If all companies who fall outside the 3-year rules received zero valuations I don’t think I’d mind so much, but there are other companies with positive valuations whose only raise(s) took place more than three years ago, here’re the first two I could find, there are many more:

  • Daredevil Project – Raised in Feb 2014, nothing on their Twitter feed since March 2016, nothing on Facebook since 2015, a website under ‘re-design’, recently filed accounts showing mounting losses. Shares currently available on the secondary market @ £0.61 per share.
  • Times Place Brasserie – Raised in Jan 2014, (still) unclear ownership, mounting losses. Shares currently available on secondary market @ £10 per share.

A couple of final points.

Does a successful trade on the secondary market constitute validation of the valuation and effectively override the 3-year rules?

Are the rules of valuation helping or hampering the ECF arena? At the moment you can sell a company you bought last week, but you can’t sell one that you bought more than three years ago if Seedrs’ opaque valuation model says it’s worthless… Go figure.


I’ve done it again, just a day after writing about Bird MTB they’ve posted an update this afternoon! Sales are up 40% for the last 5 months vs last year and they’ve sold out of the first batch of their new Aeris 145 model – Well done guys, this investor appreciates it!

No News Is Good News???

I’m a sucker for a cycling related pitch and back in the second half of 2013 I and 112 other investors took a punt on Bird Cycleworks (trading as Bird MTB) designers, builders and sellers of a range of high-end mountain bikes direct to consumers. This week they take the award for most sustained radio silence of any of my Seedrs investments. We last heard from them on October 19th 2016 when they announced a new model.

I’ve had a scout about and they seem to be doing alright, their Facebook feed seems to be well organised and they have demo days coming up over the next month or so. They also announced a new race team at the end of Feb, partnering with the cycle clothing brand Morvélo, this seems to be contributing well to their image with a few decent results under their belt already. The only concern is the disappearance of their Twitter feed and the resulting broken link on their website.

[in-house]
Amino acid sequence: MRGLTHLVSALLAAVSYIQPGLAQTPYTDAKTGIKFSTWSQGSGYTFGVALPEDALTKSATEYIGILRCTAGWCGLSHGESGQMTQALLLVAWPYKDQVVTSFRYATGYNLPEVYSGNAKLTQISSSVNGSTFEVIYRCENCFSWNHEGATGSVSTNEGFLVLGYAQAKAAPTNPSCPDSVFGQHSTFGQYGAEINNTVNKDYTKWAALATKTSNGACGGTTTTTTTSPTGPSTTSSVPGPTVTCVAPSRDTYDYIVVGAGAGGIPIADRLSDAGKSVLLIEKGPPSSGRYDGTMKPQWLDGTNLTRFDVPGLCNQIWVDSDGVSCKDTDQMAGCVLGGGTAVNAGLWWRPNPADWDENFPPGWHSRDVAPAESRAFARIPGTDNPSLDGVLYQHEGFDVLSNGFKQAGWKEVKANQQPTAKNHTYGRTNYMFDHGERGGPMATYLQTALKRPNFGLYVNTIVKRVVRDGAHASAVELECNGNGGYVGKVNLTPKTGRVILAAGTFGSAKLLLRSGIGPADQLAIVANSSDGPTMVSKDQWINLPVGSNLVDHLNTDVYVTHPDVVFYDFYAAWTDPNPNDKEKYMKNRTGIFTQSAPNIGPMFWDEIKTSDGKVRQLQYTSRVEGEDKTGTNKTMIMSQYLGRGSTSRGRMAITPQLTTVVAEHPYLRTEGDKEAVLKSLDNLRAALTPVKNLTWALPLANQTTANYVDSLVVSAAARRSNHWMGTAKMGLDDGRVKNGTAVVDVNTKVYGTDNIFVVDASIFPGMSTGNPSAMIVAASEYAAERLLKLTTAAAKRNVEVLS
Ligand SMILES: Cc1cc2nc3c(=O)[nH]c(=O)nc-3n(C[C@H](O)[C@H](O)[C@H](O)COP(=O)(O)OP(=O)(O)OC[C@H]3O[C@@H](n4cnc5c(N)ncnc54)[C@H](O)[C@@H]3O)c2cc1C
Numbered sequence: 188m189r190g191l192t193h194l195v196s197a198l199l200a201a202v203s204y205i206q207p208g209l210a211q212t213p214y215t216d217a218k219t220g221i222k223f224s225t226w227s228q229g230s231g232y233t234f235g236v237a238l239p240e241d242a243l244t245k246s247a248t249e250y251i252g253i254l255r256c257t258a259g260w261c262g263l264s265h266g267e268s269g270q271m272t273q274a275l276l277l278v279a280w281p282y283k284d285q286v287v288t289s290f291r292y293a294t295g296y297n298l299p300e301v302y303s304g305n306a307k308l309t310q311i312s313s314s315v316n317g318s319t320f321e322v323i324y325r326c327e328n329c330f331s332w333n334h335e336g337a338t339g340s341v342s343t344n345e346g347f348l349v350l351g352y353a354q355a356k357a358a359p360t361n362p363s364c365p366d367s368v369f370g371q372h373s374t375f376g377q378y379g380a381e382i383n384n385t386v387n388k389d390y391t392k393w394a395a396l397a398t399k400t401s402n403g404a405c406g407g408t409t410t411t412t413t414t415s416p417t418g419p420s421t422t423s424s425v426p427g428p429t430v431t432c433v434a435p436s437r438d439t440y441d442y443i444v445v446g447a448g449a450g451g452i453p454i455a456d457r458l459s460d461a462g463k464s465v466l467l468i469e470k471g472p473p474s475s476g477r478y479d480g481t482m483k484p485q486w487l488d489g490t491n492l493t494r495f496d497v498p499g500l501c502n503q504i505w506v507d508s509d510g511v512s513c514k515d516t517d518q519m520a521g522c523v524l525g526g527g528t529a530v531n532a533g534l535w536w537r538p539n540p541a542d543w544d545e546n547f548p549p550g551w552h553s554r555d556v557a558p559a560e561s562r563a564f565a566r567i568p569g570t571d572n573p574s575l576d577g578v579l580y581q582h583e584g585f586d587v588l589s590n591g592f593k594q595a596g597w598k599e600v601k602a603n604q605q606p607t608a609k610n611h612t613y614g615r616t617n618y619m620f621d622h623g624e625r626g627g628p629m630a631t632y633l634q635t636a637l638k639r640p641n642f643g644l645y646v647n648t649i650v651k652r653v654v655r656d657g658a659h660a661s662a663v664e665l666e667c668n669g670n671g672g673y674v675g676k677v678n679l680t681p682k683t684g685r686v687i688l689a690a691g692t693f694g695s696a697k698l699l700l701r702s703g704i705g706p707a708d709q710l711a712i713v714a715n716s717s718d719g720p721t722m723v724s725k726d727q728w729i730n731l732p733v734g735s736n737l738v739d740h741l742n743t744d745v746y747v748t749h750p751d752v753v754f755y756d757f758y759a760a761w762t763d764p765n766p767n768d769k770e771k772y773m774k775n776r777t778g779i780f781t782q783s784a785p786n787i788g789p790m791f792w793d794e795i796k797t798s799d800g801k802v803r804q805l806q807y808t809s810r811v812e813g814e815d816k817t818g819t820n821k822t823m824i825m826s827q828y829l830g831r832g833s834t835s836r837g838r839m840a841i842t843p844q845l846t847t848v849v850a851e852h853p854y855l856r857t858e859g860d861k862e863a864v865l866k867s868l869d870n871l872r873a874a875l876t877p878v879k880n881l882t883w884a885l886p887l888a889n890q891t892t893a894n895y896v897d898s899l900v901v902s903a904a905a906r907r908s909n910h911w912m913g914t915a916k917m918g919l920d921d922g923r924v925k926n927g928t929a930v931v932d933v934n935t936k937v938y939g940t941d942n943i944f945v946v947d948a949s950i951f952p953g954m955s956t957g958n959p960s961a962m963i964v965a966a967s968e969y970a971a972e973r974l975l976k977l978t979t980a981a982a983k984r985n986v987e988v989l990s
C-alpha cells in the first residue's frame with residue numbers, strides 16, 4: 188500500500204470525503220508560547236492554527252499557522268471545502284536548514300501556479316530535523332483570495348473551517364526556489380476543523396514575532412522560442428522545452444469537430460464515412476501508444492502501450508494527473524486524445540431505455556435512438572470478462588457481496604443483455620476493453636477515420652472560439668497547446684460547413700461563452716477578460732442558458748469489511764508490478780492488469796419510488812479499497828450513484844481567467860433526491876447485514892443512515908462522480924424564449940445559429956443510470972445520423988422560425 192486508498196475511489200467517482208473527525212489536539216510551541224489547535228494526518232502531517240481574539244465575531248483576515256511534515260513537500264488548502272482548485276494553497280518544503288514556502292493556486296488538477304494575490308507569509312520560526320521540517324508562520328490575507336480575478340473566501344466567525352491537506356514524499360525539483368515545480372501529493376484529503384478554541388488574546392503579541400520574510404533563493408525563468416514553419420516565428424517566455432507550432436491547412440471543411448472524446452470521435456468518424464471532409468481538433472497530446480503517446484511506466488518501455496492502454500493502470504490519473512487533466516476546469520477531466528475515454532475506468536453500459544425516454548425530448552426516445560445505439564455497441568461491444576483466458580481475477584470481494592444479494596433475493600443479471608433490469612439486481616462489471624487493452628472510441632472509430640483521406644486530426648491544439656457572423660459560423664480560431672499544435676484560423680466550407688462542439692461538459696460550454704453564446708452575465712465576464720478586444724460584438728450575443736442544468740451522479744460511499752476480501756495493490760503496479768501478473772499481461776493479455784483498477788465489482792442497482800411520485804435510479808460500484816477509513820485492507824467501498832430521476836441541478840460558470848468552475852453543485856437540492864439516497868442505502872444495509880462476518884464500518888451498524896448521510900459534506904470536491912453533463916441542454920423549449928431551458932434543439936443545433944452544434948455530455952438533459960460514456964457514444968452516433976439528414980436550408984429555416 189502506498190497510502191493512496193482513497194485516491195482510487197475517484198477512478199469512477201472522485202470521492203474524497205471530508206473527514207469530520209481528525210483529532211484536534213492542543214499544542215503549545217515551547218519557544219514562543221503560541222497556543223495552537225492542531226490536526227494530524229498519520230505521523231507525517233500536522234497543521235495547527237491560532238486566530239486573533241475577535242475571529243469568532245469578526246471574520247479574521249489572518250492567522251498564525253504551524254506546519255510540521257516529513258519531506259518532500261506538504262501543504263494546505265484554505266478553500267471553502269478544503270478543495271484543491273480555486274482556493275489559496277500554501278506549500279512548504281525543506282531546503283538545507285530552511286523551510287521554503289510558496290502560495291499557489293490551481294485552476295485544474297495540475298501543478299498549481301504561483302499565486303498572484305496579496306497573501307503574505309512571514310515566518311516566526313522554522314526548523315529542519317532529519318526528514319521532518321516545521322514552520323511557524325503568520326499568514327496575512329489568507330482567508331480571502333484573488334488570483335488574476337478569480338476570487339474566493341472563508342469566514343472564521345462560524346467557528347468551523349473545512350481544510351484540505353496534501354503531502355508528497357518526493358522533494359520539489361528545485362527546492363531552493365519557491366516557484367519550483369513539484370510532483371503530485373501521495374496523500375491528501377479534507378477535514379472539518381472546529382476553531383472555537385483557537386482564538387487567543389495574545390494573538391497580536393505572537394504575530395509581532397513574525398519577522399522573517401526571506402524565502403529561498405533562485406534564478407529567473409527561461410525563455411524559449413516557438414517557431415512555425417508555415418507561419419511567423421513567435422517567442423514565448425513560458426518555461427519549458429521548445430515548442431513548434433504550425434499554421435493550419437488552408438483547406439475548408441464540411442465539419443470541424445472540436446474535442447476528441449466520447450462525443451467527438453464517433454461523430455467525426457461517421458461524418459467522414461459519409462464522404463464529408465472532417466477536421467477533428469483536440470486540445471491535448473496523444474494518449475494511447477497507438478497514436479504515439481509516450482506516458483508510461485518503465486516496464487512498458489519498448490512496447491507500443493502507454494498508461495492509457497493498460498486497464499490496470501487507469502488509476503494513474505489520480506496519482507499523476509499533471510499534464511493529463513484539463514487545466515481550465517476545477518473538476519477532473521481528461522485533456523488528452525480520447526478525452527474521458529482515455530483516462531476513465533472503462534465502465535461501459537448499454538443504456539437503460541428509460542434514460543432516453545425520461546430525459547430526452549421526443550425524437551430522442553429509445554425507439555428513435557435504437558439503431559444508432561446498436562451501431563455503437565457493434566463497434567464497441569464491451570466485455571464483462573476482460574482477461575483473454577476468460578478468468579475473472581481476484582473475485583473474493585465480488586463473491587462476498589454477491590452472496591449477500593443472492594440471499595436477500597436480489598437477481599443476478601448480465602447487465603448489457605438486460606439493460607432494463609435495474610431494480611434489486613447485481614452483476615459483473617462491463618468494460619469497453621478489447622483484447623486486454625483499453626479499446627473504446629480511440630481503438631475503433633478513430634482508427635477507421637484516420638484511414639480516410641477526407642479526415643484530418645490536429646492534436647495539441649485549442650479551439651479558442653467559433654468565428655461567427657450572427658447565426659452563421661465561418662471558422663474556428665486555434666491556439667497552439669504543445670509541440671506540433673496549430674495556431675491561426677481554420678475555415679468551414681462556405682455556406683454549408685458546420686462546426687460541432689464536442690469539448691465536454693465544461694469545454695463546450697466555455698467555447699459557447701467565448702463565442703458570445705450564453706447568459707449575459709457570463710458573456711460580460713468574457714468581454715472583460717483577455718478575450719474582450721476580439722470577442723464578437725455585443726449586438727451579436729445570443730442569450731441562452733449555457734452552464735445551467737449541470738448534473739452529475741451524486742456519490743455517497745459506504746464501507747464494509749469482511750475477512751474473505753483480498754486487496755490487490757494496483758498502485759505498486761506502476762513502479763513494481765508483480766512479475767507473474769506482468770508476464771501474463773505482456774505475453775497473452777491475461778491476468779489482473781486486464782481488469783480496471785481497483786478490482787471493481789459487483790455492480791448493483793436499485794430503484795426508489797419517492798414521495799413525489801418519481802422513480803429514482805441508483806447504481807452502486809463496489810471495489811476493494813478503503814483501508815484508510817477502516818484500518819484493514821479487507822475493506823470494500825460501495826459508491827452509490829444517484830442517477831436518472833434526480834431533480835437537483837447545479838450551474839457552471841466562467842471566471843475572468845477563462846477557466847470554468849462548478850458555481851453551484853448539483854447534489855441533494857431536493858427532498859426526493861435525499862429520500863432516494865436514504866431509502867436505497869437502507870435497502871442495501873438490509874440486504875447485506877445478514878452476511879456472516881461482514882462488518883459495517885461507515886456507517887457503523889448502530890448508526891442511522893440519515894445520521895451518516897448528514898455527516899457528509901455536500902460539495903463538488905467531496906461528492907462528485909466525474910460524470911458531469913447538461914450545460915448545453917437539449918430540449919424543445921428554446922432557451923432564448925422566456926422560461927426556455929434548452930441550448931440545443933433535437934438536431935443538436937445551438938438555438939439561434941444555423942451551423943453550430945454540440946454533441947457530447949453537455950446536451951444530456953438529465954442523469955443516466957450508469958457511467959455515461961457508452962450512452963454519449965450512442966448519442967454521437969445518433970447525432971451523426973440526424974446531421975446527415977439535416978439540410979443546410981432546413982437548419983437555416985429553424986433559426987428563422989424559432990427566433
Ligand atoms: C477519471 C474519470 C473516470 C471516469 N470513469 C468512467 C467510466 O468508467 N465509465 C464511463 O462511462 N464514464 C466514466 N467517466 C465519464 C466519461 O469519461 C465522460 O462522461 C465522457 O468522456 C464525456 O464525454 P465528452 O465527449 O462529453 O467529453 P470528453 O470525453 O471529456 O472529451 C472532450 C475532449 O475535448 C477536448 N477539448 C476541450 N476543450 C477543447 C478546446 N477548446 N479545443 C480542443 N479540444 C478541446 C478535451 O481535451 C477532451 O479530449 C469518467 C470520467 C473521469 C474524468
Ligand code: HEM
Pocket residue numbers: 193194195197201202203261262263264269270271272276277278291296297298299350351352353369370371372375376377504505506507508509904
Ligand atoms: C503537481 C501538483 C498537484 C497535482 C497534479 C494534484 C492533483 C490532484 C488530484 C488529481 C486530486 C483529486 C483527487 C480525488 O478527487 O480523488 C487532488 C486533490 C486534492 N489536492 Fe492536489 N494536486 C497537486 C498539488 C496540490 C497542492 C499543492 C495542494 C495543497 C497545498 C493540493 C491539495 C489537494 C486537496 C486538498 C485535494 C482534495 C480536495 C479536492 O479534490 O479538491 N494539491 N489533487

Their accounts don’t look too alarming either, although they only have accounts made up to September 2015 available on CH. Their loss account only grew by a few thousand on the year before. It also looks like they’d taken on twice as much stock as the year before – a positive sign of growth. Being a seasonal market, much of the stock is on-boarded in time for the start of the season, from what I understand there are significant lead-times for many of the components so it makes sense that they hold a lot of stock to allow them to build bikes with sensible delivery dates. There are many a bike company who have suffered from poor reviews as a result of late orders – often caused by a lack of component stock. I can well imagine it being a difficult balancing act, trying to decide how much stock to hold, something I’m sure they’ll get better at as the company matures.

I’ll take this one!

The MTB (mountain bike) market attracts a certain kind of person and a certain more laid-back way of life – What with my city desk job, it’s one I’m jealous of. I get to head out on the bike far less than I’d like, but if I could chuck it all in and be financially comfortable and do something I really enjoy, I’d setup a cafe/bike shop or if I had a lot of spare money, a bike park. These guys aren’t in it for the money, they’re in it because they love it. I didn’t invest for a return, I invested because I’d buy a bike from these guys and I’d like to think with my investment the potential discount and personal touch they offer will be worth it when I can justify a purchase to the other half… Hopefully they’ll be around that long, or at least long enough to get them off the top of the radio silence list!